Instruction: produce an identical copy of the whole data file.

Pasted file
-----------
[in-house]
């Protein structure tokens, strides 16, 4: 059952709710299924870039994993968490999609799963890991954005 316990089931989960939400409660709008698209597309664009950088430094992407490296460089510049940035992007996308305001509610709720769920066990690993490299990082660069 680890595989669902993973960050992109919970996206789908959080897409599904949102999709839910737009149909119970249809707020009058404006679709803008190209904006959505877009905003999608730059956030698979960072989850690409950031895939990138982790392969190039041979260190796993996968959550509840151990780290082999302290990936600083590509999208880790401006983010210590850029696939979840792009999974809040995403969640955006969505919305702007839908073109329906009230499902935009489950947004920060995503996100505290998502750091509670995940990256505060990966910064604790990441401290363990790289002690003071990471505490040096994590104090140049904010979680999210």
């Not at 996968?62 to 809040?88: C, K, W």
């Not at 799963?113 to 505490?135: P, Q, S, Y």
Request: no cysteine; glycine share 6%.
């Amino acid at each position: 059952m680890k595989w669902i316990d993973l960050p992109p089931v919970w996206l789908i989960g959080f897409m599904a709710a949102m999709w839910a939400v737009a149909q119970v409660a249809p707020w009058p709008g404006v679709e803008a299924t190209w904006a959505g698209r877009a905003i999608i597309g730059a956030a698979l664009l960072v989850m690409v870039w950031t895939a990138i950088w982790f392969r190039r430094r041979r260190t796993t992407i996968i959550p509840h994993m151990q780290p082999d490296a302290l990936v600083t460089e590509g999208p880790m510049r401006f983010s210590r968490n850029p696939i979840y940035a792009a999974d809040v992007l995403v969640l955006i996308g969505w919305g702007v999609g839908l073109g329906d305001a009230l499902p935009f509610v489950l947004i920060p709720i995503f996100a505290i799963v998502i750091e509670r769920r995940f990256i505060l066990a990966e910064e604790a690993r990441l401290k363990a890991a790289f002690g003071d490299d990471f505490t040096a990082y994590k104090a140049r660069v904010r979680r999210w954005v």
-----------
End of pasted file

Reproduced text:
[in-house]
């Protein structure tokens, strides 16, 4: 059952709710299924870039994993968490999609799963890991954005 316990089931989960939400409660709008698209597309664009950088430094992407490296460089510049940035992007996308305001509610709720769920066990690993490299990082660069 680890595989669902993973960050992109919970996206789908959080897409599904949102999709839910737009149909119970249809707020009058404006679709803008190209904006959505877009905003999608730059956030698979960072989850690409950031895939990138982790392969190039041979260190796993996968959550509840151990780290082999302290990936600083590509999208880790401006983010210590850029696939979840792009999974809040995403969640955006969505919305702007839908073109329906009230499902935009489950947004920060995503996100505290998502750091509670995940990256505060990966910064604790990441401290363990790289002690003071990471505490040096994590104090140049904010979680999210």
């Not at 996968?62 to 809040?88: C, K, W």
């Not at 799963?113 to 505490?135: P, Q, S, Y």
Request: no cysteine; glycine share 6%.
């Amino acid at each position: 059952m680890k595989w669902i316990d993973l960050p992109p089931v919970w996206l789908i989960g959080f897409m599904a709710a949102m999709w839910a939400v737009a149909q119970v409660a249809p707020w009058p709008g404006v679709e803008a299924t190209w904006a959505g698209r877009a905003i999608i597309g730059a956030a698979l664009l960072v989850m690409v870039w950031t895939a990138i950088w982790f392969r190039r430094r041979r260190t796993t992407i996968i959550p509840h994993m151990q780290p082999d490296a302290l990936v600083t460089e590509g999208p880790m510049r401006f983010s210590r968490n850029p696939i979840y940035a792009a999974d809040v992007l995403v969640l955006i996308g969505w919305g702007v999609g839908l073109g329906d305001a009230l499902p935009f509610v489950l947004i920060p709720i995503f996100a505290i799963v998502i750091e509670r769920r995940f990256i505060l066990a990966e910064e604790a690993r990441l401290k363990a890991a790289f002690g003071d490299d990471f505490t040096a990082y994590k104090a140049r660069v904010r979680r999210w954005v």